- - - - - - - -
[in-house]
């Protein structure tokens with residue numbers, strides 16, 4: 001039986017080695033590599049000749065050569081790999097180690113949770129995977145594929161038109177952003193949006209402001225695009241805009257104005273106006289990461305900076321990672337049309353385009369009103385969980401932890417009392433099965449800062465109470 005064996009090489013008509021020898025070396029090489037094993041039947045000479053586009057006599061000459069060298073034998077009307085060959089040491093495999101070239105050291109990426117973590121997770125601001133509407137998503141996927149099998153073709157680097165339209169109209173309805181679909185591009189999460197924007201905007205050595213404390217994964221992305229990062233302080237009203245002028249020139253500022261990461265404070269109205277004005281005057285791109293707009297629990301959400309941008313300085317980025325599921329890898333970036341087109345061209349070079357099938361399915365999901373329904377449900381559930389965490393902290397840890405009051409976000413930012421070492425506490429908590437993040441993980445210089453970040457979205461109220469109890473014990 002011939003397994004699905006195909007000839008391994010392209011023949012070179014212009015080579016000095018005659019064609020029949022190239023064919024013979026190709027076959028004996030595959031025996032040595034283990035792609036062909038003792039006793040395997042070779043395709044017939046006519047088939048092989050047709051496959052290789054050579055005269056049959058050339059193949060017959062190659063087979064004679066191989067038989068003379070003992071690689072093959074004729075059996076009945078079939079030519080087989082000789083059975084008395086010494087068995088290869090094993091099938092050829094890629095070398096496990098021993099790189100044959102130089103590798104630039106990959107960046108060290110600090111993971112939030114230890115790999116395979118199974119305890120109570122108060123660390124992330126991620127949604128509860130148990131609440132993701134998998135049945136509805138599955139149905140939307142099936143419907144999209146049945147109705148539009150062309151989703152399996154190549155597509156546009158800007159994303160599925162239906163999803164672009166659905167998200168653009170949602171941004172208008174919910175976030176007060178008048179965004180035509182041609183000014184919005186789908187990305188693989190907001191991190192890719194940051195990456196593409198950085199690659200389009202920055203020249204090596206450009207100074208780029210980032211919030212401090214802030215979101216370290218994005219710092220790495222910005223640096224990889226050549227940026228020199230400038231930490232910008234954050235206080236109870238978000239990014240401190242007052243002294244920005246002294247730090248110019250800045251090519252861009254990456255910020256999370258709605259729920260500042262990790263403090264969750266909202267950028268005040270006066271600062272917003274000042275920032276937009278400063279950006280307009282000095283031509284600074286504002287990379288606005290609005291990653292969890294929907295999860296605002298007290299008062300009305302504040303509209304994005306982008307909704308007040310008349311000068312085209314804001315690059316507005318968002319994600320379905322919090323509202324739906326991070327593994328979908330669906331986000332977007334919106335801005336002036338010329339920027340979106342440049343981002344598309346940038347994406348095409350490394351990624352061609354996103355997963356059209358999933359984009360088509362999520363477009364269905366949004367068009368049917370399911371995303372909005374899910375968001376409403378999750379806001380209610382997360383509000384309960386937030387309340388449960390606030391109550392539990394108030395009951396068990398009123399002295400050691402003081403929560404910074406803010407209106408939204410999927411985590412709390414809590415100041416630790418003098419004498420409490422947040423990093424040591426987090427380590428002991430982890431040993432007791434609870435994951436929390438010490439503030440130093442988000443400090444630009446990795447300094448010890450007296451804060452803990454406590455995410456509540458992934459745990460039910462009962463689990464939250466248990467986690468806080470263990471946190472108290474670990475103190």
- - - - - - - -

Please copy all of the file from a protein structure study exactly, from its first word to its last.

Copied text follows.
[in-house]
């Protein structure tokens with residue numbers, strides 16, 4: 001039986017080695033590599049000749065050569081790999097180690113949770129995977145594929161038109177952003193949006209402001225695009241805009257104005273106006289990461305900076321990672337049309353385009369009103385969980401932890417009392433099965449800062465109470 005064996009090489013008509021020898025070396029090489037094993041039947045000479053586009057006599061000459069060298073034998077009307085060959089040491093495999101070239105050291109990426117973590121997770125601001133509407137998503141996927149099998153073709157680097165339209169109209173309805181679909185591009189999460197924007201905007205050595213404390217994964221992305229990062233302080237009203245002028249020139253500022261990461265404070269109205277004005281005057285791109293707009297629990301959400309941008313300085317980025325599921329890898333970036341087109345061209349070079357099938361399915365999901373329904377449900381559930389965490393902290397840890405009051409976000413930012421070492425506490429908590437993040441993980445210089453970040457979205461109220469109890473014990 002011939003397994004699905006195909007000839008391994010392209011023949012070179014212009015080579016000095018005659019064609020029949022190239023064919024013979026190709027076959028004996030595959031025996032040595034283990035792609036062909038003792039006793040395997042070779043395709044017939046006519047088939048092989050047709051496959052290789054050579055005269056049959058050339059193949060017959062190659063087979064004679066191989067038989068003379070003992071690689072093959074004729075059996076009945078079939079030519080087989082000789083059975084008395086010494087068995088290869090094993091099938092050829094890629095070398096496990098021993099790189100044959102130089103590798104630039106990959107960046108060290110600090111993971112939030114230890115790999116395979118199974119305890120109570122108060123660390124992330126991620127949604128509860130148990131609440132993701134998998135049945136509805138599955139149905140939307142099936143419907144999209146049945147109705148539009150062309151989703152399996154190549155597509156546009158800007159994303160599925162239906163999803164672009166659905167998200168653009170949602171941004172208008174919910175976030176007060178008048179965004180035509182041609183000014184919005186789908187990305188693989190907001191991190192890719194940051195990456196593409198950085199690659200389009202920055203020249204090596206450009207100074208780029210980032211919030212401090214802030215979101216370290218994005219710092220790495222910005223640096224990889226050549227940026228020199230400038231930490232910008234954050235206080236109870238978000239990014240401190242007052243002294244920005246002294247730090248110019250800045251090519252861009254990456255910020256999370258709605259729920260500042262990790263403090264969750266909202267950028268005040270006066271600062272917003274000042275920032276937009278400063279950006280307009282000095283031509284600074286504002287990379288606005290609005291990653292969890294929907295999860296605002298007290299008062300009305302504040303509209304994005306982008307909704308007040310008349311000068312085209314804001315690059316507005318968002319994600320379905322919090323509202324739906326991070327593994328979908330669906331986000332977007334919106335801005336002036338010329339920027340979106342440049343981002344598309346940038347994406348095409350490394351990624352061609354996103355997963356059209358999933359984009360088509362999520363477009364269905366949004367068009368049917370399911371995303372909005374899910375968001376409403378999750379806001380209610382997360383509000384309960386937030387309340388449960390606030391109550392539990394108030395009951396068990398009123399002295400050691402003081403929560404910074406803010407209106408939204410999927411985590412709390414809590415100041416630790418003098419004498420409490422947040423990093424040591426987090427380590428002991430982890431040993432007791434609870435994951436929390438010490439503030440130093442988000443400090444630009446990795447300094448010890450007296451804060452803990454406590455995410456509540458992934459745990460039910462009962463689990464939250466248990467986690468806080470263990471946190472108290474670990475103190």